11A.5 Surface Layer Influences on Supercell Thunderstorms

Wednesday, 9 November 2016: 2:30 PM
Pavilion Ballroom East (Hilton Portland )
Christopher J. Nowotarski, Texas A&M Univ., College Station, TX; and F. R. Guarriello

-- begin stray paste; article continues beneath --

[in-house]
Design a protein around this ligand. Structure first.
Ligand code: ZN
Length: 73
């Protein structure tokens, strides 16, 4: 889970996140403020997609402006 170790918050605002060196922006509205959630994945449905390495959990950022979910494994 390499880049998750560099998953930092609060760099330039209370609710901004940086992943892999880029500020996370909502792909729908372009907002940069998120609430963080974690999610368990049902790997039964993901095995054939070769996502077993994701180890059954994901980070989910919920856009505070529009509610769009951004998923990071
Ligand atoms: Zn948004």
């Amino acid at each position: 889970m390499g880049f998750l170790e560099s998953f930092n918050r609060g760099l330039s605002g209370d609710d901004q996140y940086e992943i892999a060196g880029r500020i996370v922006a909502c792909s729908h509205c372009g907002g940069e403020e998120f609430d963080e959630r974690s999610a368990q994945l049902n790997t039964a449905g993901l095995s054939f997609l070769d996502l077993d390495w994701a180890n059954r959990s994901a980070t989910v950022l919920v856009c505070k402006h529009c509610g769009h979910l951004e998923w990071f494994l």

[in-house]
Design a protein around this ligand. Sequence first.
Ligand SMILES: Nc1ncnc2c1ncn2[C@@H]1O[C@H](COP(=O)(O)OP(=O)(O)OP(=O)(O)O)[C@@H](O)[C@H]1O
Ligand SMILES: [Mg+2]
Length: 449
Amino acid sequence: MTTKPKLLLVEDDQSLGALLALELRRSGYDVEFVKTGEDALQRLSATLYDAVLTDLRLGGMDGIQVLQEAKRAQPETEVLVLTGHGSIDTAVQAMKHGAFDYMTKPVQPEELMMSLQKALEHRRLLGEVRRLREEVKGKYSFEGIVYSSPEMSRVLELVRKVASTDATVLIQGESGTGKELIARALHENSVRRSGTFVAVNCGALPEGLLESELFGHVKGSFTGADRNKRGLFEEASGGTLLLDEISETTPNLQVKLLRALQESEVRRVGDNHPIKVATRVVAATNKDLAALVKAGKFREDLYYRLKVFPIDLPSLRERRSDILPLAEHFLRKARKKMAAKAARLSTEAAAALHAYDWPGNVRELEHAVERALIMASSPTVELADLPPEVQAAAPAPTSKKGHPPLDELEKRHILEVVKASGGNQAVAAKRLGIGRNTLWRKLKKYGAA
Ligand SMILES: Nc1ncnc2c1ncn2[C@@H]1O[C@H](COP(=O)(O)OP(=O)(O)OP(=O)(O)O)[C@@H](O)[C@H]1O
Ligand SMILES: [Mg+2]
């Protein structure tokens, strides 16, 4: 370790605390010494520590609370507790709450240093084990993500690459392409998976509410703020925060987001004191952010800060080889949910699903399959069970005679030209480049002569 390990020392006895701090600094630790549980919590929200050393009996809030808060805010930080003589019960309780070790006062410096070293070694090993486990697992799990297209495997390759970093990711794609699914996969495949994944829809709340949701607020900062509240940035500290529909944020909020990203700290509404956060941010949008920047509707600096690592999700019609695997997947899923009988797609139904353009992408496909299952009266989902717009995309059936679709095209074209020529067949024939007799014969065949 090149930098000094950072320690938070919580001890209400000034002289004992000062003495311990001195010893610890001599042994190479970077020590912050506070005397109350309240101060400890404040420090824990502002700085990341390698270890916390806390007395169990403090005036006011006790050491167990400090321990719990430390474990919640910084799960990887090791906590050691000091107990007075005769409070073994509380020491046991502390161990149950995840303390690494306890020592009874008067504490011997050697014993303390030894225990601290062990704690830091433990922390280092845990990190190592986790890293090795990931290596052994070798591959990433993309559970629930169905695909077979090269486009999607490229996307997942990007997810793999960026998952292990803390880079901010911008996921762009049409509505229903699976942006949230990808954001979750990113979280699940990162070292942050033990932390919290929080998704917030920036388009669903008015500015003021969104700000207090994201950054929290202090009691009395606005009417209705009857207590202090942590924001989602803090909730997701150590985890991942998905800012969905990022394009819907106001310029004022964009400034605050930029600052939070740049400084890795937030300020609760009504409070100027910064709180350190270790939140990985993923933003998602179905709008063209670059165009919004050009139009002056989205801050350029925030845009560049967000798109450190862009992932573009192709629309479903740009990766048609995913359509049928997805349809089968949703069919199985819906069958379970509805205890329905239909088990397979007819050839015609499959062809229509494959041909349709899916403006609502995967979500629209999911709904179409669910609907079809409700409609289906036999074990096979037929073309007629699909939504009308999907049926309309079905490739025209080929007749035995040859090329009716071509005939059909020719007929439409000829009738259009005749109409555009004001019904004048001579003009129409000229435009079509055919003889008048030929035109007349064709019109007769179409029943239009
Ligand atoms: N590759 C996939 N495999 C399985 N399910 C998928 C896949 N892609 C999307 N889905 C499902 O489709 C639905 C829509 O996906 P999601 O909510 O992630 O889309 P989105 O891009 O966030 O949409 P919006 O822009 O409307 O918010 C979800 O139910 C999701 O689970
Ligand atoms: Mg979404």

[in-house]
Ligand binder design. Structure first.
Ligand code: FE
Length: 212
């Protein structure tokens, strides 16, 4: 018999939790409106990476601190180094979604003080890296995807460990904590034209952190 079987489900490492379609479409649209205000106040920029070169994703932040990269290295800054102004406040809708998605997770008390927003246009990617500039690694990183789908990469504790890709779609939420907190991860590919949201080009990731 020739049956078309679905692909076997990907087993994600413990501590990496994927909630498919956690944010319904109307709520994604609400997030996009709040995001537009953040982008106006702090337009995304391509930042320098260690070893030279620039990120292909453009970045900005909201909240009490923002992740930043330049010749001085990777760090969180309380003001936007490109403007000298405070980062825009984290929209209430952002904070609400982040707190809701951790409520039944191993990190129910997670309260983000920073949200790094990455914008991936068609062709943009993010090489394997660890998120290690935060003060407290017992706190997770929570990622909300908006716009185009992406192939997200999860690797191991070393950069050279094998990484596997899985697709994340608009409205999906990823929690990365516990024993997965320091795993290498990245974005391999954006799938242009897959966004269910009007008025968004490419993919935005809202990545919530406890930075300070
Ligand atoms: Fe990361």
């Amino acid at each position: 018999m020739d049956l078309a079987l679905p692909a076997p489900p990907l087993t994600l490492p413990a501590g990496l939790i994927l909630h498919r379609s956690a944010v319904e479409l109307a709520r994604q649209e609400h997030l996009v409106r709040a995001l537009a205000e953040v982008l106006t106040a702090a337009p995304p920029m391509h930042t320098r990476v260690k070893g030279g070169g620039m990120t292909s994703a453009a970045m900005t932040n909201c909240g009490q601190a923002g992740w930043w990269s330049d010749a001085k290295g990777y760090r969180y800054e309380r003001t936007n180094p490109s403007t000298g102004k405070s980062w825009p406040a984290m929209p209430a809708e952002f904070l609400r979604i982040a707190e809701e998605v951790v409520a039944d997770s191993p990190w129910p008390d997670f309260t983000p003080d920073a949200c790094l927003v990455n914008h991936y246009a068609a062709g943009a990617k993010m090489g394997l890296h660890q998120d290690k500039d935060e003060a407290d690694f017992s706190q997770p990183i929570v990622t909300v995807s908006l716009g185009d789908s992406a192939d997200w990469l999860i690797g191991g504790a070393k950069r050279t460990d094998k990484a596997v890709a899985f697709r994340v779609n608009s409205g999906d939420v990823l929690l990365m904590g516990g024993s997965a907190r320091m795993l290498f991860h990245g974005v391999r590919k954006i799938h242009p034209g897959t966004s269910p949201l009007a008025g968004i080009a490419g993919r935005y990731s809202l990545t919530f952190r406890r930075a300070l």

While low-level (nominally 0-1 km) environmental kinematic and thermodynamic properties have been shown to have some skill in discriminating between tornadic and nontornadic supercells,  a growing body of work suggests that aspects of the near-storm environment (e.g., the wind profile, temperature lapse rate, surface roughness, soil moisture, and low-level relative humidity) in even shallower layers (<500 m) may be important in supercell tornadogenesis.  Supercell thunderstorms are simulated with and without full surface physics in idealized environments varying surface and near-surface  (i.e.,  surface layer) characteristics that may affect both the ambient and internal flow within the storms.   The effects of horizontal variations in surface-layer characteristics on supercell dynamics will also be explored.  Results from this and previous studies examining the effects of shallow changes in the near-storm environment on both observed and simulated storms will be presented.
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